Recommended by Ricochet Members Created with Sketch. Morgan’s Masterpiece


I don’t often read fiction anymore and hardly ever unless it has a historical context. Recently, I was convinced to order a copy of Oliver North’s book. It is a prequel to some other novels he has written and is titled The Rifleman (no, it has nothing to do Chuck Conners – might have dated myself on that one). I have only begun reading the book, but I am looking forward to it capturing (I hope) the flavor of one of my very favorite Revolutionary heroes, Daniel Morgan.

But the novel has caused me to dig up something that I wrote in another place and time with Morgan more or less at the center. I might have retouched it slightly since it was written in a darker time during the first term of Fearless Leader Obama and it is hardly intended to be a definitive piece.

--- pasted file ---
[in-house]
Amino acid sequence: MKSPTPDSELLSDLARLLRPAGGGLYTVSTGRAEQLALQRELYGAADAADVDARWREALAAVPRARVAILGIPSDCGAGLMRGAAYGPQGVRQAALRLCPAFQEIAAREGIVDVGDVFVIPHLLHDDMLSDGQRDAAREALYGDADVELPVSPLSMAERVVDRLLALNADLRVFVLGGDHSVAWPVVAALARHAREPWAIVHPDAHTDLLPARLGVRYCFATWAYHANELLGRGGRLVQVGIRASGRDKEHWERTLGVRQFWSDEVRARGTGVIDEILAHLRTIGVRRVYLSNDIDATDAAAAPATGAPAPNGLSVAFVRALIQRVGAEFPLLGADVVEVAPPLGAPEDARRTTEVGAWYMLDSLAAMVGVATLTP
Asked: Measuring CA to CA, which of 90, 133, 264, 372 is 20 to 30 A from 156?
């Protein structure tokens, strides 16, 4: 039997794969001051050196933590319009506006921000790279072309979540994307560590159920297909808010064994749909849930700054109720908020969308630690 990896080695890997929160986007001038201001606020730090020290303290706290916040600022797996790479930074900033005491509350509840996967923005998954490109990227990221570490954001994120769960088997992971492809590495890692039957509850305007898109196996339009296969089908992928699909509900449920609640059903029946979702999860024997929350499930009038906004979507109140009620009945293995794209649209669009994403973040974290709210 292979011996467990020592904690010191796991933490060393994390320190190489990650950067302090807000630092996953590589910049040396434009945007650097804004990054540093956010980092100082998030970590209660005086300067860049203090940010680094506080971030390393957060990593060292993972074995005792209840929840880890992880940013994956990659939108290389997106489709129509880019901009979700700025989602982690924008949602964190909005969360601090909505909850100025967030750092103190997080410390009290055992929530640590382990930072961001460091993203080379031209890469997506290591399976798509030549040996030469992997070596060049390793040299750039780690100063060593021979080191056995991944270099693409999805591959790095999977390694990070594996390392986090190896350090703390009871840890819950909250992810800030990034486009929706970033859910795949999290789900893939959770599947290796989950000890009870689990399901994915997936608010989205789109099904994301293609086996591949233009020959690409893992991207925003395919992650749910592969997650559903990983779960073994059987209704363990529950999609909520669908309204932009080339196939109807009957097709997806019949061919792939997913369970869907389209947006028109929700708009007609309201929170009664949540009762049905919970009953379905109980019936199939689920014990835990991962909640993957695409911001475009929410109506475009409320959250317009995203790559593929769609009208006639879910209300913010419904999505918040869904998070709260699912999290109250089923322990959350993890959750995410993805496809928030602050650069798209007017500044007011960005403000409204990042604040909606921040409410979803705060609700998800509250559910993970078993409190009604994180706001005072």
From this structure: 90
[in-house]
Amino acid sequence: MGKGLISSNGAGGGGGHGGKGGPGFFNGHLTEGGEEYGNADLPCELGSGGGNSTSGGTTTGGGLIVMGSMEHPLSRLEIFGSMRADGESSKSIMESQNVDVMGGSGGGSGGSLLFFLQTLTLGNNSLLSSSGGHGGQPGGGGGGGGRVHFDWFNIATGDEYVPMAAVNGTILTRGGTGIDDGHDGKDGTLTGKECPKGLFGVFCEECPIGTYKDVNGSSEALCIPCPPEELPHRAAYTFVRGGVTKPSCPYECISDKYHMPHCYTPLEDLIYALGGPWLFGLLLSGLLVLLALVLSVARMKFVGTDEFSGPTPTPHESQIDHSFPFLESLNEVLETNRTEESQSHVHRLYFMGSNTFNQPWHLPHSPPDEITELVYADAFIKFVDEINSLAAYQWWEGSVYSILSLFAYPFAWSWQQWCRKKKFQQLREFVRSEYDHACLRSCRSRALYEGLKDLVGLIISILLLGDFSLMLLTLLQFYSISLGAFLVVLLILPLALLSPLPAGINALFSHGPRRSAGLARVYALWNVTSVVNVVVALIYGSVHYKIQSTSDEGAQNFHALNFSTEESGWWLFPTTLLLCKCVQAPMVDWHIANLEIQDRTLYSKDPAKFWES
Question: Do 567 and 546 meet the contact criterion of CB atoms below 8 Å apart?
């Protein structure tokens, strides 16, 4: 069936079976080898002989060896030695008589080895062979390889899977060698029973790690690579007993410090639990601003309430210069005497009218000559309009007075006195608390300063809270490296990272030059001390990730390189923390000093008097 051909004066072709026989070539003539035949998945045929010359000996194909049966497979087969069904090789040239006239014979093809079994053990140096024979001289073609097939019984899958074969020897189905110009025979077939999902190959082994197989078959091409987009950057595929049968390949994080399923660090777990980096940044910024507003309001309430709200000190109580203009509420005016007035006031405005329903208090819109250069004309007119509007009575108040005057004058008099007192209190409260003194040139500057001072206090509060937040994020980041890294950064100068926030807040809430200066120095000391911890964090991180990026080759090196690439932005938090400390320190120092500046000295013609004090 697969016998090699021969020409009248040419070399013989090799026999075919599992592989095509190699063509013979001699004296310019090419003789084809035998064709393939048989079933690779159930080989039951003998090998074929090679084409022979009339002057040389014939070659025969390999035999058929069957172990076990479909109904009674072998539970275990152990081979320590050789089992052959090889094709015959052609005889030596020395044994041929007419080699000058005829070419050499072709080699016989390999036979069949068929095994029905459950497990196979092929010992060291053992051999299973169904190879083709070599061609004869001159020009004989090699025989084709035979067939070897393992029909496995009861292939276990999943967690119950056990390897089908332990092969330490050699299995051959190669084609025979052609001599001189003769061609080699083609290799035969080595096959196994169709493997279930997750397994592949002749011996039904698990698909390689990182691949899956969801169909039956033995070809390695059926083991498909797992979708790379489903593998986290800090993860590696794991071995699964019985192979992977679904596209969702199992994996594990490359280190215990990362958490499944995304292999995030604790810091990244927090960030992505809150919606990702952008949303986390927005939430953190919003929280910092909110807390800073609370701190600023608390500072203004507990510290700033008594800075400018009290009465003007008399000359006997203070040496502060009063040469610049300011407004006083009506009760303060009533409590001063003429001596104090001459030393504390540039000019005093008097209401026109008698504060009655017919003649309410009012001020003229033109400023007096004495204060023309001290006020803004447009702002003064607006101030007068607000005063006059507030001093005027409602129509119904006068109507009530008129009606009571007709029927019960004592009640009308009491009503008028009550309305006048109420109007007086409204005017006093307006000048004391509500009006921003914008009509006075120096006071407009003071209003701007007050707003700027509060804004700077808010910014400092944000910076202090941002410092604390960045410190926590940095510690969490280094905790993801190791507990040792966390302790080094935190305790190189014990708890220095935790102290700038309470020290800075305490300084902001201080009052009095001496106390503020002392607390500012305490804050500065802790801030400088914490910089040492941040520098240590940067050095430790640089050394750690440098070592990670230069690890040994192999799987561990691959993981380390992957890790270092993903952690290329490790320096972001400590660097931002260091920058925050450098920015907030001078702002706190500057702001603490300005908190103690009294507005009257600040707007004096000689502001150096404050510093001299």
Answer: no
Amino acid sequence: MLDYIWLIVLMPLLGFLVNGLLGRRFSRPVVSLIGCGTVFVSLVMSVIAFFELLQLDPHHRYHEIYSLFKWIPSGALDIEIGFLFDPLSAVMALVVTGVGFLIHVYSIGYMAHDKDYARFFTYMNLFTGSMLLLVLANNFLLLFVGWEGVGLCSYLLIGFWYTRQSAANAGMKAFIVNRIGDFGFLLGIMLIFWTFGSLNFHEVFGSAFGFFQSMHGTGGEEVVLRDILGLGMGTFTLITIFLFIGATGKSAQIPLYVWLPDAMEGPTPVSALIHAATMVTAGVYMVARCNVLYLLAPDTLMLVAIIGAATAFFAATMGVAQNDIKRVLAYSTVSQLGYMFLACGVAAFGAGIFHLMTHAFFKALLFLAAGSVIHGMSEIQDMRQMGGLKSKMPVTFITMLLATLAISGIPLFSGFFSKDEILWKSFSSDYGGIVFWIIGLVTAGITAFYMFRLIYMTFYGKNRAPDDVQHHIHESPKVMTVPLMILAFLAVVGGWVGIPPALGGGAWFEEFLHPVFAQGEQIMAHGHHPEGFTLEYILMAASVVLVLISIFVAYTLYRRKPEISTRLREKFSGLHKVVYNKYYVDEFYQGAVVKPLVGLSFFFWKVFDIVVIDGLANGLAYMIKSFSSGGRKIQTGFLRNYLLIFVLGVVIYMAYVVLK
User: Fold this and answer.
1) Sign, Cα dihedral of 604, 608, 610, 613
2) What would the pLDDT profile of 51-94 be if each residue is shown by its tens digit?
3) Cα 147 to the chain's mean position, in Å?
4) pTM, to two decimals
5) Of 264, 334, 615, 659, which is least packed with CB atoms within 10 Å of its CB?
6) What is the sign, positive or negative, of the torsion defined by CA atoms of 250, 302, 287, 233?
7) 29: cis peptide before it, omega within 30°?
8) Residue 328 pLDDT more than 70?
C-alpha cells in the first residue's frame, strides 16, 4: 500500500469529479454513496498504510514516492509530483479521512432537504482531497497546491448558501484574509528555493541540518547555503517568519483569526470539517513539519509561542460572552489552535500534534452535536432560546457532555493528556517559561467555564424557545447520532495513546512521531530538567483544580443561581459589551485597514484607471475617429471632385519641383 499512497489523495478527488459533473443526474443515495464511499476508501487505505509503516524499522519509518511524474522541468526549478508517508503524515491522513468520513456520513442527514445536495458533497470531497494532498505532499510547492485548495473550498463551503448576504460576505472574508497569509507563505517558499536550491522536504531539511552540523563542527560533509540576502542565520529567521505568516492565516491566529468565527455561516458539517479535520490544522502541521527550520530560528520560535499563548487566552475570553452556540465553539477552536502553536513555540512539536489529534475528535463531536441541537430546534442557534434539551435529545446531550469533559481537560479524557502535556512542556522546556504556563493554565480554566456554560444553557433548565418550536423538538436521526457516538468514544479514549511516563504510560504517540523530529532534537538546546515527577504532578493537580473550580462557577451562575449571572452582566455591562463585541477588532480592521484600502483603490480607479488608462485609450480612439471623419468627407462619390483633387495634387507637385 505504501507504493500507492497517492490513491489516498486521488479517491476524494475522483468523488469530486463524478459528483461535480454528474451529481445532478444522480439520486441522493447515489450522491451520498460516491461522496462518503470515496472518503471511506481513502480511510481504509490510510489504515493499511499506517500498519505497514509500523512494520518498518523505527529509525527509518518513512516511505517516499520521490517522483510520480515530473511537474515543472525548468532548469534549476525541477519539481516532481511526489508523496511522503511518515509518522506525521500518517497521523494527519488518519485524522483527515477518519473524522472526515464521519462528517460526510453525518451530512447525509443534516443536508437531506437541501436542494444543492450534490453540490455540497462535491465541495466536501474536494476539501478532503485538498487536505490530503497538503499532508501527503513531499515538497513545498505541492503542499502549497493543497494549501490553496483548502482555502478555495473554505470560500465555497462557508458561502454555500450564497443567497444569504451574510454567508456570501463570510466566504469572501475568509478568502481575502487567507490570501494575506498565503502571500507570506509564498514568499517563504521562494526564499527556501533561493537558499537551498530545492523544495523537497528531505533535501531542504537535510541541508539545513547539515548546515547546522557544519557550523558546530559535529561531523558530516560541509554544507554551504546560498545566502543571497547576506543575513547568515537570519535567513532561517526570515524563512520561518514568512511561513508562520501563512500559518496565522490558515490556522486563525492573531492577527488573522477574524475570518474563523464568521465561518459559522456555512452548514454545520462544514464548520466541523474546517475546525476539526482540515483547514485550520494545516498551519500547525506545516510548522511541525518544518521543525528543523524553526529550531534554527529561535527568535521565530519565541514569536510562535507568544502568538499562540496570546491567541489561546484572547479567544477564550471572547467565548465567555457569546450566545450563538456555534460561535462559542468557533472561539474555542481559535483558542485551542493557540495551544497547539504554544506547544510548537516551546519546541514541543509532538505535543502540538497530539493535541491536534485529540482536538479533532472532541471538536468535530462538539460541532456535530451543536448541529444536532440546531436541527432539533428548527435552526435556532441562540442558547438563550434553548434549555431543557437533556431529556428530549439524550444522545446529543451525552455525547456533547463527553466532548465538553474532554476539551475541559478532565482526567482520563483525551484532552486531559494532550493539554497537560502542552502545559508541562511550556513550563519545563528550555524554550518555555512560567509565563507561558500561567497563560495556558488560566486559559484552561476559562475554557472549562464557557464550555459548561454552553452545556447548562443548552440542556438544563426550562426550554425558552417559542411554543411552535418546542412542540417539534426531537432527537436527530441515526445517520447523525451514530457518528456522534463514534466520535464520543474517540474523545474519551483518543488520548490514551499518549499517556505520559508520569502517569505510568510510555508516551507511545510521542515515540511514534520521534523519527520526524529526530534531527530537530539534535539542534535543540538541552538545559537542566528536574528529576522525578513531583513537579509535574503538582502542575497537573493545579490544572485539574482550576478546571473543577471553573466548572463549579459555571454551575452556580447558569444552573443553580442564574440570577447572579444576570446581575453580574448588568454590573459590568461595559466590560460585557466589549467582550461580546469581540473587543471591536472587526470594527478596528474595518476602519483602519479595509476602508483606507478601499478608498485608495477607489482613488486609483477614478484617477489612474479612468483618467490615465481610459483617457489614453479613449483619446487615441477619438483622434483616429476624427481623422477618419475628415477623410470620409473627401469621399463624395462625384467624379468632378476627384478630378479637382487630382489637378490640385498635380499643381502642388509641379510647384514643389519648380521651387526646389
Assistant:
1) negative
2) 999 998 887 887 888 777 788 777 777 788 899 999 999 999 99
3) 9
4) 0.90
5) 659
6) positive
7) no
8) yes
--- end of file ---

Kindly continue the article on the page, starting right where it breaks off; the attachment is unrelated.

Recommended by Ricochet Members Created with Sketch. Friday Food and Drink Post: Pizza Fixin’ Edition


Thank heavens for Bill de Blasio. In just a few short years as New York’s Mayor, he has turned its underwater finances around, eliminated racism, sexism, religious intolerance, and violent crime, and he has spearheaded a jobs-and-revenue initiative, the crown jewel of which was bringing Amazon’s second corporate HQ “home” to the city. Along the way, he’s divested the city pension funds from fossil fuels (I suspect this is code for “taxpayer bailout coming soon”), banned single-use plastic items in the food-service industry (are condoms next–what a complicated and ‘intersexional’ discussion that would be), and pledged to “divert” 90% of waste from landfills (“to where,” I ask myself–in years’ past the answer to a question like that has too often been: to my neighboring state of West Virginia) by 2030.